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During the first appointment

I got a haircut at an ‘inclusive’ salon and taught them about afro hair

New East London salon WhiP’s promise of a ‘100 per cent kind to the planet hair transformation’ for all types of hair fell flat at first

For the first time in history, the beauty landscape is starting to be representative of our diverse society. Brands are finally starting to acknowledge that a one-size-fits-all approach is simply archaic and ostracises consumers, or the more commercially astute are realising how the effects of a wider spectrum of clients will increase profitability. The rise of the natural hair movement has led to a plethora of curl-centric products readily available in retailers but the salon experience has unfortunately not followed suit as efficiently. As a mixed race woman, with undeniably curly hair, I often straightened my hair before appointments at European salons either at their request or out of instinct that they would be unprepared to work with my natural texture. 

WhiP salon aims to change this far too common narrative and do away with the segregation that is historically found in the hairdressing industry. Self-described as “inclusive”, this equates to “providing our services to anyone who walks through the door – all hair types,” according to creative director and co-founder James Fisher. There are currently WhiP two locations in Hackney and Homerton and I went to the former, the instantly calming energy inside much appreciated entering from the madness of Morning Lane. The decor is heavily 70s-inspired, like a sleeker version of Stranger Things with much of their stunning furniture being sourced from second-hand and vintage shops. 

“I often straightened my hair before appointments at European salons either at their request or out of instinct that they would be unprepared to work with my natural texture. WhiP salon aims to change this far too common narrative and do away with the segregation that is historically found in the hairdressing industry”

I sat down with the hairstylist and he talked me through what I wanted: a cut and blow-dry. Thankfully, he didn’t seem alarmed when I explained that I typically cut my own hair in a poorly lit bathroom as my past experiences have given me anxiety. We went over to the sink and, as I rarely frequent hairdressers, I remembered just how nice it is having someone else wash your hair. Unfamiliar with how long a cutting process tends to take, I was impressed with his precision and he explained that he preferred to cut curly hair when wet as styling products tend to alter the true state of dry hair.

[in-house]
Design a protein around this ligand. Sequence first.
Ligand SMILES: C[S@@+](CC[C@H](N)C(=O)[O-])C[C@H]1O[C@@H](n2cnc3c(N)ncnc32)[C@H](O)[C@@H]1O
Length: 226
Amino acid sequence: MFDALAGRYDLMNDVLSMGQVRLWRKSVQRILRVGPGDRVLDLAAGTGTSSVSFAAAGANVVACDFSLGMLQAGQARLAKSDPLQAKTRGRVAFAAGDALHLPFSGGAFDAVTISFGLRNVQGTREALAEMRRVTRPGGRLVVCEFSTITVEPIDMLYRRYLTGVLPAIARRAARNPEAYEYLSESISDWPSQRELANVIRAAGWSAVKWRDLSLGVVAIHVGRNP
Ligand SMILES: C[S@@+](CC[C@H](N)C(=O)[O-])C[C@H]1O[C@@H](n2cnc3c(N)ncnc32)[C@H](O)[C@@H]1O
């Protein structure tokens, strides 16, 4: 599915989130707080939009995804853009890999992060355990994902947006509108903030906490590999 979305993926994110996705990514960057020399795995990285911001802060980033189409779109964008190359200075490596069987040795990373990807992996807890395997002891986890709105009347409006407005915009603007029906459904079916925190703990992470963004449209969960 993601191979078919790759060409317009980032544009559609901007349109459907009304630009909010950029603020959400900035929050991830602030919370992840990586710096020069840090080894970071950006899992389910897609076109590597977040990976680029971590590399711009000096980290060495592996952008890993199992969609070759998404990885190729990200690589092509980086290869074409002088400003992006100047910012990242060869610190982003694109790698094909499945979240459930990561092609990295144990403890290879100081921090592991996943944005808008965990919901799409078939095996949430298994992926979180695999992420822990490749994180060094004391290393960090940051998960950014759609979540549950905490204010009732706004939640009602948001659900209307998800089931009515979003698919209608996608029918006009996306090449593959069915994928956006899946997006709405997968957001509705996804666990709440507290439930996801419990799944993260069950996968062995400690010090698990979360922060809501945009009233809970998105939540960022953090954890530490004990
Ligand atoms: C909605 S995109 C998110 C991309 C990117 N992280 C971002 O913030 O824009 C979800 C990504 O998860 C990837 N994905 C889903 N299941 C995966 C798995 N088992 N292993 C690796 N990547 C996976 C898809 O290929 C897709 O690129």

WhiP only uses vegan and sustainable brands like Evo and Oway in the salon as the founder believes they “have really made it possible to achieve just about any finish, along with the right expertise.” This commitment to the environment extends further with recycled, biodegradable and reusable paper and cling film instead of foils for colouring. While I do care deeply about the state of the planet, admittedly my main concern at this point was whether these products would achieve my desired effect.

A pea-sized amount is the greatest lie when styling curly hair. Just like 19-year-old-me on a midweek night out at uni, my hair can drink and if a product says pea-sized, then frankly I need the entire bag of petit pois. Unfortunately, he followed the instructions which was undoubtedly more of a habit rather than a further indication of his sustainability efforts. 

Never using heat on my hair, he began diffusing and, despite flashbacks from yet another failed past hair appointment where a diffuser was used, I remained calm. James instructed me to flip my head back up when he’d finished and the reflection I was met with wasn’t what I’d anticipated. “What do you normally do with these?” the hairstylist asked, pointing to the two tendrils that normally fall naturally around my face but instead were sitting somewhat vertically and resembled Teletubby-esque antennae.